As we've seen time and time again over the years, making a bobblehead doll to honor an athlete (or commissioner, or cable talk show host, or whomever) can be a tricky business. Sometimes the finished product more closely resembles someone else. Sometimes very important details are missing. Despite all the hard work that goes into recreating the honoree's likeness, it can be difficult to accurately and fully encapsulate the scope of an individual's influence and accomplishments in a small, inherently caricature-esque collectible statue.
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Perhaps that's why, when the Golden State Warriors decided to honor the late, great and wonderfully unique Manute Bol, they chose to build their bobblehead to full life-size scale:
— Golden St. Warriors (@warriors) January 26, 2015
Yep, that's Warriors center Andrew Bogut — all 7 feet of him — standing next to a no-kidding 7-foot-7-inch functional bobblehead doll of the South Sudanese shot-swatter. We've seen life-size bobbleheads before, but this is the first one I can recall where the actual subject was almost literally larger than life.
The Warriors will honor Bol, who spent parts of three seasons in Golden State and died in June of 2010 at age 47 from kidney failure and complications related to skin disease, with a bobblehead giveaway at Tuesday night's matchup with the Chicago Bulls, with the first 10,000 fans at Oracle Arena taking home a much-more-reasonable-to-bring-on-the-BART 10-inch version of the big Bol bobbler. While the Bay Area faithful won't be taking home the Full Manute — which, when accounting for the pedestal, actually stands 8-foot-4 — they will get a chance to get up close and personal with the skyscraping sculpture:
To celebrate Manute Bol Bobblehead Night, the team will also have a life-size 7’7” Manute Bol Bobblehead on display in Section 112 of the main concourse at Oracle Arena. Fans will be encouraged to take photos with the Bobblehead and share on social media with the hashtag #ManuteBobblehead to help raise money for the Warriors Community Foundation. For every shared image of the life-size Bobblehead, Kingsford Capital Management will donate $1 to the Warriors Community Foundation through the Hoops For Kids program, up to $10,000. The Hoops For Kids program is committed to helping youth in the Bay Area live, learn and play.
Bol, one of the NBA's most notable early floor-spacing big men, joined the Warriors for the 1988-89 season after three years with the Washington Bullets, who drafted him out of the University of Bridgeport in the second round of the 1985 NBA draft. He came to Golden State in exchange for Dave Feitl and a future second-round pick that would eventually become Doug Roth, a pair of big men who'd combine to block fewer shots in their NBA careers than Bol did in his first 18 games in a Warriors uniform.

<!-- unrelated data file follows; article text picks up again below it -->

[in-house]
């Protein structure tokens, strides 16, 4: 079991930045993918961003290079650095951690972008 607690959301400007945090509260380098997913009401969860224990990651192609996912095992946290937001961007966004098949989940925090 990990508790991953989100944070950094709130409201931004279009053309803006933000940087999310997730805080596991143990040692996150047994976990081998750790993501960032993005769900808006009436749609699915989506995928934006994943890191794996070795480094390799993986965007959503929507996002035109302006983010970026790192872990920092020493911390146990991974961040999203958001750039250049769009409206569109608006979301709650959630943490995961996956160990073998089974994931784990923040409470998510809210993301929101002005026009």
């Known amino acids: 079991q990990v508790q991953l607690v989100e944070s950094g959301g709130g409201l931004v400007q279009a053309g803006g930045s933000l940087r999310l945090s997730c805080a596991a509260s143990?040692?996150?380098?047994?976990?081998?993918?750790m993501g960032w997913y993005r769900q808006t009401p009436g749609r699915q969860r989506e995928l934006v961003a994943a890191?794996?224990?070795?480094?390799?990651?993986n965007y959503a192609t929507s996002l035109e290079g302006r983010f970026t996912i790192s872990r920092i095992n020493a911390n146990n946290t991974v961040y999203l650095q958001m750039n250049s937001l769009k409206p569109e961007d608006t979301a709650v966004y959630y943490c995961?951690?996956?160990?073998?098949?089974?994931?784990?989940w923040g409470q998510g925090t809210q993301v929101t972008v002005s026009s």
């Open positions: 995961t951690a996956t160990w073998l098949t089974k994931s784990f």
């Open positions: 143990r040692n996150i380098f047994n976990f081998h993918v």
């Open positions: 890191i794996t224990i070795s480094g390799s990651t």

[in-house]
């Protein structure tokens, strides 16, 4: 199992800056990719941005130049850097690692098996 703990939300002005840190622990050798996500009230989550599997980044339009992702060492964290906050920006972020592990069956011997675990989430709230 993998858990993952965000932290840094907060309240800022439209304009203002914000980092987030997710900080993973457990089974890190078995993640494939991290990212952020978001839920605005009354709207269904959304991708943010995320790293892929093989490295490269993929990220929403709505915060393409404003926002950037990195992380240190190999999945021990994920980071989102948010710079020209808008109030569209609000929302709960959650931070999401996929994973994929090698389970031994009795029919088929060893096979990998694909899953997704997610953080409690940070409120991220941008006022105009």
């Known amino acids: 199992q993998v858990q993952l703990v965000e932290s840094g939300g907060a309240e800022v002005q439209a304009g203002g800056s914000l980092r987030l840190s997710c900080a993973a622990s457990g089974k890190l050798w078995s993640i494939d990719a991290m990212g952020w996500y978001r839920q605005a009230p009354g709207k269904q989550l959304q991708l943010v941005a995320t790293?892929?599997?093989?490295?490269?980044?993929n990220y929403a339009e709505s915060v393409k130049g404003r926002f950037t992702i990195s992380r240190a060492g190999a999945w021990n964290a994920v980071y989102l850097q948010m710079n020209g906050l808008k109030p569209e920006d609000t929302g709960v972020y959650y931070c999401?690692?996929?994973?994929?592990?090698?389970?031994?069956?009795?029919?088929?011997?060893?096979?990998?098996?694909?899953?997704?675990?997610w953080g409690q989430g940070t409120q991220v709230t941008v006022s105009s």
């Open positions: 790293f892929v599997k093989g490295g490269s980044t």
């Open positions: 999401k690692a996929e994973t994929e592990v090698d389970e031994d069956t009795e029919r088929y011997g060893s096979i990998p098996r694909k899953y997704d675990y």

Bol averaged just 22.1 minutes per game for Don Nelson's Dubs during the '88-'89 campaign, making only four starts in 80 appearances, but the reedy pivot with the aircraft-carrier wingspan still led the league in both total blocks (345) and blocks per game (4.3) for the second time in his four-year career. He also shot 91 3-pointers and made 20 of them; this was a Don Nelson team, after all — for a Chris Mullin- and Mitch Richmond-led squad that made it to the Western Conference semifinals.
He played just two full seasons in Golden State before being shipped to the Philadelphia 76ers for a first-round draft pick that would later turn into Chris Gatling, and after nine NBA seasons, he returned to the Bay for a brief stint as a 32-year-old veteran during the 1994-95 season. He played just 81 total minutes over the space of five games, but he had one last great night in the sun, scoring nine points on perfect 3-for-3 shooting from downtown with six rebounds and two blocks in 29 minutes of work in a mid-November loss to the Minnesota Timberwolves. One week later, he played his last NBA game, and was waived the following February.
Some might remember him more for his time in D.C. or lining up alongside Charles Barkley in the City of Brotherly Love — or, perhaps better still, for his activism and humanitarian work in his native Sudan — but despite playing just 160 total regular-season games for the Warriors, Bol still ranks fourth in franchise history in blocked shots. With the Warriors in the midst of an all-time great season featuring seemingly nightly magic, it's not like fans need more reasons to turn out and turn up to watch the hometown team, but kudos to the Dubs for offering one anyway.
And if you're interested in seeing how the Manute bobblehead was designed and how the more portable versions were made, here's a Warriors TV report from China:
Hat-tip to Lang Whitaker at All Ball.
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